Keyless technology has led to a sharp rise in thefts of luxury cars, figures show.
More than 14,000 premium models were stolen between January and October this year, according to an analysis of insurance claims by Direct Line.
That is more than double the amount over the same period in 2015 and means a luxury vehicle is stolen once every 38 minutes on Britain’s roads.
Police and insurance firms believe the rise in car thefts is partly because modern keyless cars provide easy pickings (stock image)
Police and insurance firms believe the rise is partly because modern keyless cars provide easy pickings for thieves.
A recent report from vehicle security experts has also highlighted tactics used by criminal gangs who share information in encrypted messages via WhatsApp and other online platforms to create shopping lists of desirable vehicles.
Many of these premium models are identified as being in demand in overseas markets, especially high-end SUVs which tend to be shipped to Africa having been stolen from their rightful owners in the UK.
Gangs not only use the messaging services to list the models they’re hunting for but also share details of where examples of these vehicles are, how to remove any tracking devices that might be fitted to them and even delivery addresses for chop shops where they can be broken down into parts and sold as spares.
These organised tactics also allow them to quickly create a cloned identity for the motor they’ve stolen and replace the number plate with one belonging to a similar car somewhere else in the country, making it difficult for Automatic Number Plate Recognition (ANPR) camera to detect their whereabouts after being stolen.
Home Office figures show the number of vehicles pinched in Britain has almost doubled in the last five years, mainly a result of the rise in keyless – also known as ‘relay’ – thefts.
In 2017-18, nearly 112,000 cars were taken illegally, up from 75,308 in the 2013-14 financial year.
Organised criminals are able to steal vehicles without ever having to touch a set of keys or even break the windows
Keyless technology, which allows you to open your car door without having your key in your hand, is becoming increasingly common in newer cars.
When you put your hand on your car’s door handle, the vehicle sends out a radio signal and, provided your key fob is within range, the door will open.
However, the technology can be vulnerable to hacking.
If your key fob is in a house, for example, criminals can use a device to increase the signal so the car thinks the fob is closer than it is and they can still open the door.
In August, an investigation found that some keyless models can be stolen in as little as ten seconds.
The new analysis by Direct Line Car Insurance found that, between January and October this year, more than 14,300 premium cars were stolen across the UK.
In August, an investigation found that some keyless models can be stolen in as little as ten seconds
That’s more than double the amount over the same period in 2015 (6,600).
So far in 2019 (January to October), premium cars have accounted for nearly two fifths (37 per cent) of all reported car thefts, up from just 31 per cent recorded for the whole of 2015, the insurer said.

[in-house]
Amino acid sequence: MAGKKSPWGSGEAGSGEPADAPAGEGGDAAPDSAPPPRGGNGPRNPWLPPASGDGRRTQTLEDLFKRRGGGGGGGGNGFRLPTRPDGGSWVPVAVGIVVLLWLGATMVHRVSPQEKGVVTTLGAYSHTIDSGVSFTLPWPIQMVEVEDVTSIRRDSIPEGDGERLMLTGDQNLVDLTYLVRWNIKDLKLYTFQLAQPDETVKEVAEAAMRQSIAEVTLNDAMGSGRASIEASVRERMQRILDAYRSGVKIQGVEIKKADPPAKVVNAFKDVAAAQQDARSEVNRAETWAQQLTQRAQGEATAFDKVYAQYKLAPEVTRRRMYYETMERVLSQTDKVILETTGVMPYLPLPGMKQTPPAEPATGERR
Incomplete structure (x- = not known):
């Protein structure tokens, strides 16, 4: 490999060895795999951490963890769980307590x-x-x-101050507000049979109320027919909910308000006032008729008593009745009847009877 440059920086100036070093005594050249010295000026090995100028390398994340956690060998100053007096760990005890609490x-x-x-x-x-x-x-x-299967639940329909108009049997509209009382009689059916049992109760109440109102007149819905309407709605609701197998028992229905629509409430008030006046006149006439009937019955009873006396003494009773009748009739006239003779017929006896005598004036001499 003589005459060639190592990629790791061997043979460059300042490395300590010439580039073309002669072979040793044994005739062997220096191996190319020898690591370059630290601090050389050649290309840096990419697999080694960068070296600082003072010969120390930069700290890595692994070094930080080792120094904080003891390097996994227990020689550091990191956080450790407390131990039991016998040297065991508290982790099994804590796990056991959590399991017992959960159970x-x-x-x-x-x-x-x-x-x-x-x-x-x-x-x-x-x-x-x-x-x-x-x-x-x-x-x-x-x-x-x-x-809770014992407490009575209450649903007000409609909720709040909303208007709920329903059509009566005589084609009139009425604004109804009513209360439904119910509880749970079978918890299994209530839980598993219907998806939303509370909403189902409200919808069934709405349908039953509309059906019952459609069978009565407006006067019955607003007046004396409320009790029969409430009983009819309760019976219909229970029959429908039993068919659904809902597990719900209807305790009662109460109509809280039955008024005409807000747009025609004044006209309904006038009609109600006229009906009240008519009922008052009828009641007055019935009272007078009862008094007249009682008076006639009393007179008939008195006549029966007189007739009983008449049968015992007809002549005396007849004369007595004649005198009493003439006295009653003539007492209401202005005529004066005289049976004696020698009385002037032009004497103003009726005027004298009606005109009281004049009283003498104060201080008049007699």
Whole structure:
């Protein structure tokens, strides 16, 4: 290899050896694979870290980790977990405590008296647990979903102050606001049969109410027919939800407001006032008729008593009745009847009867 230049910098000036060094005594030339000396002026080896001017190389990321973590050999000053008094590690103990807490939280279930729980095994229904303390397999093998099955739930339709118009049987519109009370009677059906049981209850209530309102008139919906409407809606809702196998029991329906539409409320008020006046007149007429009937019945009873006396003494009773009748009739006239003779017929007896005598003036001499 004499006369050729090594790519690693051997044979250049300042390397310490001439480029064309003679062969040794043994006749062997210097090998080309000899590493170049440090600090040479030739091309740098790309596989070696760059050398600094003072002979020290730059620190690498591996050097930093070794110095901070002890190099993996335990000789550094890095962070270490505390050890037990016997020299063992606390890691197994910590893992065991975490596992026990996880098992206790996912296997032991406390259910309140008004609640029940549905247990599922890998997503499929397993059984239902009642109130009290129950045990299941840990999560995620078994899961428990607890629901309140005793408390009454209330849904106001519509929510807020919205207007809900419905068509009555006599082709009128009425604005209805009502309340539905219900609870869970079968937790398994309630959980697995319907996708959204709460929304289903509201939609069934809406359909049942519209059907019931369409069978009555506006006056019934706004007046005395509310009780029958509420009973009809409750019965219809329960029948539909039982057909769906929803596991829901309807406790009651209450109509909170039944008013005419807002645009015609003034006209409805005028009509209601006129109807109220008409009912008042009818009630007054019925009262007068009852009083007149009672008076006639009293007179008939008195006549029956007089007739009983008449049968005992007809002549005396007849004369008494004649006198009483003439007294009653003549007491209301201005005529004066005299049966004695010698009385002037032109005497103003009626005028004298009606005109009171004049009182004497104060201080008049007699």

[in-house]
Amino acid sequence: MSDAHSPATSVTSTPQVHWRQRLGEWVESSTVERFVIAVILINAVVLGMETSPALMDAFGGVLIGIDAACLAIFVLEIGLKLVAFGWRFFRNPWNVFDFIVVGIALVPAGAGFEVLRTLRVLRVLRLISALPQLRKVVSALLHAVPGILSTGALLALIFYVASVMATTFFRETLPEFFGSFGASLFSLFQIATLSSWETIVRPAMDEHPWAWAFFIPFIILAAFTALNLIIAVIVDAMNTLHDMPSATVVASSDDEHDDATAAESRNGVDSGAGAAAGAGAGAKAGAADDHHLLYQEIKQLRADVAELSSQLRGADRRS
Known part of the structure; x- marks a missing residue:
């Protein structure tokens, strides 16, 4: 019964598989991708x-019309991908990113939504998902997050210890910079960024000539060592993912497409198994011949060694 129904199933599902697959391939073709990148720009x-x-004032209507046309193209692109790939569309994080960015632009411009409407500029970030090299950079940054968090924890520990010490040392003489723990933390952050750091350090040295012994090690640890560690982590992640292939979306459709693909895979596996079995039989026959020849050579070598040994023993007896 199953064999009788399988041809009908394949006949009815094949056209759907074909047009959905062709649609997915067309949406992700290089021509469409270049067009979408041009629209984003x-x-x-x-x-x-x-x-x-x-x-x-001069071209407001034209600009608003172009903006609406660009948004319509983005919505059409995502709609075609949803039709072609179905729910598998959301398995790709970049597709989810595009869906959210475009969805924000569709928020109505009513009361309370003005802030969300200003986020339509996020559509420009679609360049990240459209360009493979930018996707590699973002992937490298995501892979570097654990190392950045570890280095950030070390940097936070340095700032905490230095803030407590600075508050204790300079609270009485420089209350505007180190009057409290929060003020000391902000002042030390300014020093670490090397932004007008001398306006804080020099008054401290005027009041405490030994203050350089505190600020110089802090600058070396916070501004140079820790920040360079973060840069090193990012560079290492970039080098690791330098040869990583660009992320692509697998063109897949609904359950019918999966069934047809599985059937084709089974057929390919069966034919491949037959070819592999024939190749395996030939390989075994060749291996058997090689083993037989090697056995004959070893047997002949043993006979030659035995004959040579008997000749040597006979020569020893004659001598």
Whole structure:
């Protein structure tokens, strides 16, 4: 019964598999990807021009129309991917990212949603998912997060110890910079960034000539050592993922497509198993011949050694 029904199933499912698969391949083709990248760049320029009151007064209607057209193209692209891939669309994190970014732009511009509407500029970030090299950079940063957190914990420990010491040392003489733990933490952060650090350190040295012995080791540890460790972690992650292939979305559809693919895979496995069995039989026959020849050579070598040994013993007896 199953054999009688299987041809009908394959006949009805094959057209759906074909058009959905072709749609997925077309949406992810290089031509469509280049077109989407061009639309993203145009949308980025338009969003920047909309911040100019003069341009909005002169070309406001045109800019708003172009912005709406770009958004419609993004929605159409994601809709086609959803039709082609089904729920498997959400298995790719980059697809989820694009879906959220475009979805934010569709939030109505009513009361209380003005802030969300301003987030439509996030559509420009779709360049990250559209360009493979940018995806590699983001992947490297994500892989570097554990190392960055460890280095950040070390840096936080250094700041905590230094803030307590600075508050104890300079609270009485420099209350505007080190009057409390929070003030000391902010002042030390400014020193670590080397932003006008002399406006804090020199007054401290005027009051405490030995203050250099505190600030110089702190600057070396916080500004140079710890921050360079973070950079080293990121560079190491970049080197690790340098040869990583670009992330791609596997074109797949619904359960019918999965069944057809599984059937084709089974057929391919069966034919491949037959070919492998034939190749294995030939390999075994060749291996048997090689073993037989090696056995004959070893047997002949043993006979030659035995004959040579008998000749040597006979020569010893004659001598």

Direct Line is urging drivers to install steering wheel, pedal and gear locks – which will make luxury vehicles far less attractive to criminals.
Steve Barrett, head of motor insurance at Direct Line, said: ‘Our analysis shows that certain premium car brands can be at heightened risk of being stolen so it is important for car owners to take additional precautions especially in the darker months to ensure their vehicles are not easy targets for thieves.
‘Many owners believe that parking in their driveway can be an effective deterrent to thieves, though our research shows that parking in driveways does not deter thieves.
‘We would, therefore, encourage policyholders to protect their cars by investing in anti-theft equipment, such as a steering wheel lock. Such simple yet effective devices make cars less attractive to thieves and much harder to steal.’
Additional analysis of the location of car thefts suggests that two thirds (65 per cent) of all vehicles are stolen from the owner’s address.
However, this figure rises to 71 per cent for premium vehicles, signifying the importance of vehicle theft prevention measures at home.
The study found that 71% of premium vehicles are stolen from the owner’s home
When looking at the proportion of premium vehicles stolen, Direct Line’s analysis reveals that in 2019 to date, 17 premium cars have been stolen for every 10,000 premium vehicles licenced, compared to 12 per 10,000 vehicles when looking at all cars in the UK.
This means that owners of premium cars have a 48 per cent higher risk of having their vehicle stolen than the average car owner.
On a regional level, London is the premium car theft capital, accounting for more than a third (34 per cent) of all premium car thefts over the past five years.
This works out at around one premium car being reported as stolen every two hours, and accounts for nearly half (49 per cent) of all reported car thefts in the capital.
London is followed by the West Midlands (15 per cent) and the North West (14 per cent), meaning that these three regions account for nearly two thirds (63 per cent) of all premium car thefts across the UK, despite only accounting for 56 per cent of all car thefts, the stats show.
Overall, October and November see a lift in the number of reported car thefts, accounting for 28 per cent of the annual average number of such incidents.
November 2018 saw a record high number of premium car thefts with nearly 1,900 vehicles stolen.
This is the equivalent of one in every nine premium cars (11 per cent) stolen throughout 2018 being taken in November at an average of 63 per day across the UK, or one every 23 minutes.
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